After seeing your Instagram post on Short, I promptly went to the library and checked it out…only I grabbed the wrong book off the shelf and brought home Counting by 7’s. I didn’t realize until I was nearly done with Counting’ that I had the wrong book (and then only because one of my girls pointed it out to me). That said, I thoroughly enjoyed Counting by 7’s and highly recommend. I’m happy to report that the library is currently holding Short for me…sometimes it’s best to let the librarians pull them off the shelves! 😉
    I love checking in on newer children’s literature – my baby is 16, so these days I rationalize it by “looking for future classics for the grandkids.” 🙂

  5. Veronica says:

    After listening to The War that Saved my Life (thank you for the recommendation) I went on a WW2 book binge. I read the newest Maisie Dobbs, In this Grave Hour, The Nightingale again, In Farleigh Field, and The Fire by Night. All were good, but the last one really surprised me in a good way. It was about two nurses in WW2, one in the Pacific theatre, and one in Europe. It was somewhat gritty and very realistic.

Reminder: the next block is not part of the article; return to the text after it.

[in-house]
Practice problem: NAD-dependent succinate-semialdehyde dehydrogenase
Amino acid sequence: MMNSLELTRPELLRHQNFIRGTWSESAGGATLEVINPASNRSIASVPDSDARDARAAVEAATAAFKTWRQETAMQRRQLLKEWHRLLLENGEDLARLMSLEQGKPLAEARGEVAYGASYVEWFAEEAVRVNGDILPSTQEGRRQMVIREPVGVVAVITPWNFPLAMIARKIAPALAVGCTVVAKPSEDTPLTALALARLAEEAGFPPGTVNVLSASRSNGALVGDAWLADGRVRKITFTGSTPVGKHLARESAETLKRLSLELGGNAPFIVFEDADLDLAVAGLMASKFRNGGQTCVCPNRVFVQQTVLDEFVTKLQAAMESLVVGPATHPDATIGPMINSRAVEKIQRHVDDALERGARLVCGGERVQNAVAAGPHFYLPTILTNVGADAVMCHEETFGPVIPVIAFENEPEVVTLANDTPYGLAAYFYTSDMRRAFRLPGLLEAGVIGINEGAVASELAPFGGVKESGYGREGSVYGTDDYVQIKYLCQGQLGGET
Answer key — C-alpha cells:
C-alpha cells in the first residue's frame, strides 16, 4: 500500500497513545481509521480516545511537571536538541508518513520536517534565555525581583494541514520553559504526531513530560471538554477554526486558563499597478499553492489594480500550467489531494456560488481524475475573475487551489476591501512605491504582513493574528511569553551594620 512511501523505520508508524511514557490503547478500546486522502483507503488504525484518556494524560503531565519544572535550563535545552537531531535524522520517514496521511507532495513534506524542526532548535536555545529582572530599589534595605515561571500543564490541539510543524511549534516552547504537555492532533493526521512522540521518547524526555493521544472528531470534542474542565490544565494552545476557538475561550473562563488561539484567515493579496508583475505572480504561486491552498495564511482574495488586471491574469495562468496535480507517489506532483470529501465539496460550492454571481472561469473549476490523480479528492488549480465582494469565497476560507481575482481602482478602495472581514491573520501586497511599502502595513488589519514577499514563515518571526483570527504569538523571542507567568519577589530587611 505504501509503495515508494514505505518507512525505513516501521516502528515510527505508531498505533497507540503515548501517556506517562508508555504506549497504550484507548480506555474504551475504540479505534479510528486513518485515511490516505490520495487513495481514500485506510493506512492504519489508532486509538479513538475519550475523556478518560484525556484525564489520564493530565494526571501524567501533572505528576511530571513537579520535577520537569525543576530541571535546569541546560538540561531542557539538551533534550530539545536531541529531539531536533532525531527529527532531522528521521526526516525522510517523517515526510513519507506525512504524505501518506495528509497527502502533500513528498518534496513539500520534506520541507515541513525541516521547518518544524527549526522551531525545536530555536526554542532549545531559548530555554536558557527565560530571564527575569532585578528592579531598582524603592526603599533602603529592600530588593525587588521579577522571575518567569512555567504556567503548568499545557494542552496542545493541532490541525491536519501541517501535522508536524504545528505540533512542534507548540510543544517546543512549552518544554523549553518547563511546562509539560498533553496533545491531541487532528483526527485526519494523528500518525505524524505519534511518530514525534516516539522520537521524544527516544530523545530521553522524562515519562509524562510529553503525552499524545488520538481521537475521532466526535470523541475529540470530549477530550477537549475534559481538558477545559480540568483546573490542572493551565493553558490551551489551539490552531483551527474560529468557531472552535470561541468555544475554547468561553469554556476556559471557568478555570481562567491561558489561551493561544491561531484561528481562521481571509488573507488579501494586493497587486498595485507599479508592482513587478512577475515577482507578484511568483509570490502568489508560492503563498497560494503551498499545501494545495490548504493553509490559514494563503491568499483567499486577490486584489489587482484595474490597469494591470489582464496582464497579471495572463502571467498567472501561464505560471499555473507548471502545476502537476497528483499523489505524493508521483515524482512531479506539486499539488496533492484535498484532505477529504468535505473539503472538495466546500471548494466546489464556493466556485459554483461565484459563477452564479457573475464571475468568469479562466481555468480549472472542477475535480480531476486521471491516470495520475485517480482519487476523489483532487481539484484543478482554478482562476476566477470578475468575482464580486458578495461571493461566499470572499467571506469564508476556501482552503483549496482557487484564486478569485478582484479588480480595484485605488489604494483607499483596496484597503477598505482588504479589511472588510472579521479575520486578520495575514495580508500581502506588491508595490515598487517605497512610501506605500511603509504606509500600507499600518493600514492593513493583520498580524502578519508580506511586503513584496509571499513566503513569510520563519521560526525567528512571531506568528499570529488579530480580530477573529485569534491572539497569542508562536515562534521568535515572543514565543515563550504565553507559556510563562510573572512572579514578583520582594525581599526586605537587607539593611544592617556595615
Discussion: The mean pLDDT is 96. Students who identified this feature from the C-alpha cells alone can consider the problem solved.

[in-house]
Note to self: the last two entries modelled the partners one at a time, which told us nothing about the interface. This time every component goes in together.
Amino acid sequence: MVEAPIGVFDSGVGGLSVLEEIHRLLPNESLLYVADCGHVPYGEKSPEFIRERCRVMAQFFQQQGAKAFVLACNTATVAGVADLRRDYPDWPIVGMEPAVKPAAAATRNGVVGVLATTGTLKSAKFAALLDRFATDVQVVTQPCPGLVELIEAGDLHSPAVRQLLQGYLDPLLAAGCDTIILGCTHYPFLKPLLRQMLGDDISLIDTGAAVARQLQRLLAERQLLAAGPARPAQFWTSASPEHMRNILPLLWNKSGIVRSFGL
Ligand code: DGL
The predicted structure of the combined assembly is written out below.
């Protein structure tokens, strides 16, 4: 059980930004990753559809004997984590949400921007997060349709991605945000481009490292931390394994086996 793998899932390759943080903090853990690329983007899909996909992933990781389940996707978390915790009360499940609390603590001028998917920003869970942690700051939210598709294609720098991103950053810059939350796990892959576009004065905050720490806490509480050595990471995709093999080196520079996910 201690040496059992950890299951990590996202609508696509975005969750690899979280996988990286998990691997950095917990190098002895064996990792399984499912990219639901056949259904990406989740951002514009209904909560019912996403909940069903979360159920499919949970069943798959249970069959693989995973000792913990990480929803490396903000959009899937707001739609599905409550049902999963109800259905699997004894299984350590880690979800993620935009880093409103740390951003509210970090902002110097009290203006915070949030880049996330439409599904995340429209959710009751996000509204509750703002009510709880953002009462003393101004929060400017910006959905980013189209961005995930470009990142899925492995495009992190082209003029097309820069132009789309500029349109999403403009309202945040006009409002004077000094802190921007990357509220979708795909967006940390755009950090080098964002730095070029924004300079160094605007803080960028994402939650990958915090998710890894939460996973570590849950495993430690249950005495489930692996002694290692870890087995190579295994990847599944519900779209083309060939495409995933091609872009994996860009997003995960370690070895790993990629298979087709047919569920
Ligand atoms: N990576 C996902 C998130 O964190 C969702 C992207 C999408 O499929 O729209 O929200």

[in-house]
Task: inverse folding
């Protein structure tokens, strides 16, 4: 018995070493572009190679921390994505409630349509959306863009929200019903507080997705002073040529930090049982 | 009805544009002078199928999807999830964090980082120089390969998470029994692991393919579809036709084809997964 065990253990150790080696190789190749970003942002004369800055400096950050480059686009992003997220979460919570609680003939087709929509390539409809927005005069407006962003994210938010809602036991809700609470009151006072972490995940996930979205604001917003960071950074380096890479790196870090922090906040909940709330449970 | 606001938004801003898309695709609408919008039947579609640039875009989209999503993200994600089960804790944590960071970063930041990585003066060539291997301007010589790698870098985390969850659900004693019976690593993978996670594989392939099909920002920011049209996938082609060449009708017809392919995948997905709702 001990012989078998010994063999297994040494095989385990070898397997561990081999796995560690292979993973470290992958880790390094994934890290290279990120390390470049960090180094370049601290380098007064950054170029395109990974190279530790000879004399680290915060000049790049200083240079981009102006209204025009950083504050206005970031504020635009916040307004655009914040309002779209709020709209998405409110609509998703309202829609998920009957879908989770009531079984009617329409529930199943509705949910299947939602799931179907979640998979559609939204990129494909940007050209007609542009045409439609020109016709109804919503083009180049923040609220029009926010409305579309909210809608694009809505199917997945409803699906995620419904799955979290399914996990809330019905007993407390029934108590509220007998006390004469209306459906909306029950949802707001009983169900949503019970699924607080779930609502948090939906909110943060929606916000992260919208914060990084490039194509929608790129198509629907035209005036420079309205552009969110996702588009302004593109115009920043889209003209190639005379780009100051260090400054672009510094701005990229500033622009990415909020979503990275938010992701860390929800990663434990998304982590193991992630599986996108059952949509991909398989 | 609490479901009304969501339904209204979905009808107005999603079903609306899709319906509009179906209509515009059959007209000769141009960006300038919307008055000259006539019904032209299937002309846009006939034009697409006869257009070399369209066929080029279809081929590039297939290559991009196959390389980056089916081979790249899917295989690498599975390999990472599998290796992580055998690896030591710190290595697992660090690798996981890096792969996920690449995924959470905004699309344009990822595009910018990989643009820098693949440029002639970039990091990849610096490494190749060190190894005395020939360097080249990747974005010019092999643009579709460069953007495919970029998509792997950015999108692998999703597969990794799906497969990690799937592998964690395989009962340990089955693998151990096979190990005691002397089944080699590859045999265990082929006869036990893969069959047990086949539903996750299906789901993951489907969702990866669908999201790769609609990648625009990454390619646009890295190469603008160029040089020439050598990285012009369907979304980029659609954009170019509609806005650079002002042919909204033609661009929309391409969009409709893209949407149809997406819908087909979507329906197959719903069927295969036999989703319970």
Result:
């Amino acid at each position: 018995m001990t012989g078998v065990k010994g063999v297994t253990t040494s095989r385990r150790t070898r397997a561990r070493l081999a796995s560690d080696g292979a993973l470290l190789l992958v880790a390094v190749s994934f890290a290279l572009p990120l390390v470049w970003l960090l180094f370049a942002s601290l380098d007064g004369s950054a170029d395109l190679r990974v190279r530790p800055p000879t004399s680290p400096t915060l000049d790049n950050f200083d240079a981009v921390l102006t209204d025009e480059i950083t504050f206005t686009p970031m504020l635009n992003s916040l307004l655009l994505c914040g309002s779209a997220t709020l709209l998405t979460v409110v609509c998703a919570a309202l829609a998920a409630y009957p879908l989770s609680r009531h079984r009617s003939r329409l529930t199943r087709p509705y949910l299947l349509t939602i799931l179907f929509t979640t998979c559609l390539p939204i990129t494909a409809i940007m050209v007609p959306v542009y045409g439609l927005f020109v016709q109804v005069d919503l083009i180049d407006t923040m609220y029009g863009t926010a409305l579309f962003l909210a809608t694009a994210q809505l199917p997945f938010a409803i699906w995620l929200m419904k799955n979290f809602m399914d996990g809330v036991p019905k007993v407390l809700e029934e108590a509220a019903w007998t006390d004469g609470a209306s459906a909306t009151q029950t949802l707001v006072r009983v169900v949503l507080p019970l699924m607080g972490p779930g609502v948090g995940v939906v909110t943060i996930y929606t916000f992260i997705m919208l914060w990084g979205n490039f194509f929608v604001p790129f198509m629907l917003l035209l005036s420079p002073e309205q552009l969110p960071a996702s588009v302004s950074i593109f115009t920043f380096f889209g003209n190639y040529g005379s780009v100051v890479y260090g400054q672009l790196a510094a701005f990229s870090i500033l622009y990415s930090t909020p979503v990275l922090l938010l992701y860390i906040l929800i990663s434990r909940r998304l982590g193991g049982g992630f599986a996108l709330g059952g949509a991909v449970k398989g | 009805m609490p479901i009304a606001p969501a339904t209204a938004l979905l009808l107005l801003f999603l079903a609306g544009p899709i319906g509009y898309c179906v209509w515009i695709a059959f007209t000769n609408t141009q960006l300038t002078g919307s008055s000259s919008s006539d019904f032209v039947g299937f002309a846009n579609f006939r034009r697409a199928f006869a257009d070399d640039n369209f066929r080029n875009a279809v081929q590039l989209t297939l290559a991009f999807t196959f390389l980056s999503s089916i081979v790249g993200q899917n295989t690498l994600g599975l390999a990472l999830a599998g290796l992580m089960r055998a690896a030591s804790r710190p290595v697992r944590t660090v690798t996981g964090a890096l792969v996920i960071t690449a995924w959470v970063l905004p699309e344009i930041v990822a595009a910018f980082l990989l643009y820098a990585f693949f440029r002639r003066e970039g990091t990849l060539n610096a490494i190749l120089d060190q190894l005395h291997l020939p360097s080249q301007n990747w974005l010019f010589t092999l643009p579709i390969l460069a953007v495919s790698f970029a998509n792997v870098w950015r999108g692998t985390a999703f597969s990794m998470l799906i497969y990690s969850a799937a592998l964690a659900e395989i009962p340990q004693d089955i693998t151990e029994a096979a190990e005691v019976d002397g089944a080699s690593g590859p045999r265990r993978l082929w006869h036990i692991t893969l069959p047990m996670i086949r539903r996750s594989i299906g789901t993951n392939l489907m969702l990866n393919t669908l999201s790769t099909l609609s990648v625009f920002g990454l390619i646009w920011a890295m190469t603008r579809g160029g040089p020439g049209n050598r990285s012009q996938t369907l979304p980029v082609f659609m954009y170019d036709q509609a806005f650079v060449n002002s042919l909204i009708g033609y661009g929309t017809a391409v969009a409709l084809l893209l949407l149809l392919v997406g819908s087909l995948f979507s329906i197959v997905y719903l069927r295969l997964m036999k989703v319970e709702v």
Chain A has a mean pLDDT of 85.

6. Diana says:

    I read The Futures this month too and mostly enjoyed it, more than I expected. I completely agree that the last bit fell apart a little but still, it was a good, surprising read. Adding that Sophie Kinsella to my list…I’ve only read one or two of her books and haven’t been impressed but maybe those were just the wrong ones for me then!

  7. Keri says:

    I have finished A Fall of Marigolds & The Murder of Roger Ackroyd. I am trying to finish Watership Down by the end of April. Also listening to Chernow’s Hamilton on audible.

  8. Eileen Slater says:

    I just finished All the Missing Girls, The Life We Bury and Commonwealth. All were fantastic reads. In the middle of Persuaion and This is the Story of a Happy Marraige. Thanks to you, Anne, I am in book heaven.

  9. Susan Schmitz says:

    One of my favorite books is “Life in a Jar: The Irena Sendler Project” by Jack Mayer I loved this true story of a trio of small town high school students who came across a little known story of heroism in WWII. Their project eventually takes them to places they never could have imagined when they started their research.

    • Jamie says:

      If you want to go deeper about Irena Sendler, you might want to try Irena’s Children by Tilar J. Mazzeo. It was the first book I read this year and though it’s haunting and tragic, it impacted me immensely.

  10. Meagan says: